Air Leakage – A Health and Safety Concern

Today I was up in The Villages in Florida. For those that are not familiar with the area, The Villages is a retirement community, spanning across three counties in North Central Florida. It is for the most part ranch style, cookie cutter houses that are spaced close together, but tastefully done, and offer the homeowners a real sense of community and companionship as they continue through their retirement years. The reason I was in The Villages today was so that I could do a blower door test and a duct leakage test for some family friends that had recently moved up there from the Clearwater, Florida area.

A Blower Door Test is designed to test the tightness of the house. We are looking to find out how much air is leaking into and out of the conditioned spaces of the structure. The greater the leakage, the more conditioned (cooled and heated) air will flow through cracks, crevices, and other openings in the walls and ceilings, thus raising the energy bills and also decreasing indoor air quality. More about that in a minute. Florida energy code says that new and retrofitted construction must be tested by an independent third party and must be within 3-7 air changes an hour. By air changes per hour we mean how many times per hour 100% of the indoor air will be replaced with the outside air. The greater the temperature difference between the inside and the outside the faster the air will flow naturally.

Three to seven air changes an hour in new construction is a rather large range. In my opinion you want to be as close to three exchanges per hour as possible. Any more than that you are wasting money as your heating and cooling dollars are leaking out to fast. Much less than that you take a risk of not having enough fresh air coming into your house for proper ventilation and indoor air quality control. Houses do need to breath.  However, if the exchange rate is much under three I consider it better as then I can control adding additional air through the HVAC system and filter it as we bring it in.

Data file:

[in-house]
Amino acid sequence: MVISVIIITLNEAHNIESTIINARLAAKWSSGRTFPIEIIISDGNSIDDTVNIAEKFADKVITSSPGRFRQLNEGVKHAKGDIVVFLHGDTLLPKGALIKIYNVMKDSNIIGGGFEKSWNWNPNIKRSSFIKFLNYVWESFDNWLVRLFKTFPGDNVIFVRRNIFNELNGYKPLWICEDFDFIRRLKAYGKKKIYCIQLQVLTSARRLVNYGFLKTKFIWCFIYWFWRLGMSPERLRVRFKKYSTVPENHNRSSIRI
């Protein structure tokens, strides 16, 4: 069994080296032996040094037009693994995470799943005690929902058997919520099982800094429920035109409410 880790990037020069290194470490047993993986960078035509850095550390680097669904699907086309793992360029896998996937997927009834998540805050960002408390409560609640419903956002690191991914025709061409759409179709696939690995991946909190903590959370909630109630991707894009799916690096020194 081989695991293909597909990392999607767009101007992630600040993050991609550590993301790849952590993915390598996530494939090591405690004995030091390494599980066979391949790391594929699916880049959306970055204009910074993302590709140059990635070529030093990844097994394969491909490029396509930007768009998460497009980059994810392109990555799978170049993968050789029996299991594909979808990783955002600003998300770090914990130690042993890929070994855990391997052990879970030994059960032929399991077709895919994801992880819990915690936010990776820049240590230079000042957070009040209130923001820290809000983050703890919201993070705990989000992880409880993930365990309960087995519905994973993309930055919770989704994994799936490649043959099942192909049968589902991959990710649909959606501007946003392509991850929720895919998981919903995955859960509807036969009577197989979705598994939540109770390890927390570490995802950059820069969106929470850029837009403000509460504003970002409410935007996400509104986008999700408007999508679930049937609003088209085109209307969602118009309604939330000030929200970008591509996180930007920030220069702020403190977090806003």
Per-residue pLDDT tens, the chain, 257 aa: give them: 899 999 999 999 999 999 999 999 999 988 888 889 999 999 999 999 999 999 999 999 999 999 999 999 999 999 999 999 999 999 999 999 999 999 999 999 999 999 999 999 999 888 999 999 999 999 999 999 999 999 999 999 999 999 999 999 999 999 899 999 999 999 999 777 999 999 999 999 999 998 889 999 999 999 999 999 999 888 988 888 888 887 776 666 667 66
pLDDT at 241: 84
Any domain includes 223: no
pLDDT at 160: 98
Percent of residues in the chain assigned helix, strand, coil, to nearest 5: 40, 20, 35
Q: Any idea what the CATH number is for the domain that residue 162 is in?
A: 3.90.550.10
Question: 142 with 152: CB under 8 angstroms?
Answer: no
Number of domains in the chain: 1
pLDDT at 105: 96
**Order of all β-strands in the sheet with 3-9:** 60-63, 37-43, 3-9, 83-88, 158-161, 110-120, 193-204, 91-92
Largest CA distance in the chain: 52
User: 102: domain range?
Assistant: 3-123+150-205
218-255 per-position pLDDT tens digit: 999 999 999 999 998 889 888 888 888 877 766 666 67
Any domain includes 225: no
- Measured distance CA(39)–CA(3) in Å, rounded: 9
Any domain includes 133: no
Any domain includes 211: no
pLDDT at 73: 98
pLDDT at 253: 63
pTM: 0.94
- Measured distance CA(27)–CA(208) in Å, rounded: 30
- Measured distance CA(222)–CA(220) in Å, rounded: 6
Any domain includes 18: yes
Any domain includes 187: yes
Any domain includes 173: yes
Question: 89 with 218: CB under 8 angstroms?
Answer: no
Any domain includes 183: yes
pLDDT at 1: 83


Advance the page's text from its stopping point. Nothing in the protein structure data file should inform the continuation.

So, let’s back up to the house that I looked at today. It is a ranch style house with vaulted ceilings, all ductwork for the heating and cooling system is in the attic, with return grills throughout the house. The windows are all relatively new and just recently the doors to the outside have been upgraded. The kitchen just went through a remodel. The Air Conditioning coil was replaced at the time the house was purchased and the ductwork around the furnace was sealed.

The first test I normally do is the blower door test. The reason I do this test first is that it gives me an idea of the overall tightness of the building and from there I can determine what I am looking at with the duct testing  that comes second. After making sure all windows and doors in the house were closed I setup my test equipment and ran the automated test sequence that tests the leakage at different pressures to come up with a true leakage rate.  In this case the house was leaking within legal requirements for new construction at 5.08 air changes per hour. What this means is that 100% of the indoor conditioned air is being replaced by outdoor air about every 12 minutes. Think about that for a minute. All of your conditioned air, the air that you have paid to heat, cool, dehumidify is being replaced by unconditioned air every 12 minutes. More if the wind is blowing and causing greater pressure differentials between inside and outside.

Once the automated test sequence is complete and I have a chance to look at the results I like to turn the blower back on and depressurize the house (put the house pressure lower than the outdoor air pressure) and go around and find the leaks. This is really easy to do as you can feel the air being sucked in at any point were there is a leak. Under normal conditions I find that most of the leaks are on outside walls, around windows, doors, and around electrical outlets. In this case yes, the electrical outlets and the switches were a concern, but what I found next was a bigger problem. The outlets, door frames, switches, and even the door latch cutouts on the indoor walls (those walls dividing rooms and not on an outside wall) were just gushing air into the building. Several of them had really high flows that you could feel standing pretty far away from the wall.

Why is this a concern? First, the air that is being sucked through wall cavities is not clean. This air usually enters the wall cavity through the attic and then is sucked down between the sheet rock and through air gaps around outlets. It picks up any dust, mold spores, and other contaminants that are in the wall or the attic insulation. This can lead to several health concerns. If that is not enough there is a bigger problem, and this is a pretty major safety concern. In order to understand this we need to look at how an interior wall is supposed to be constructed.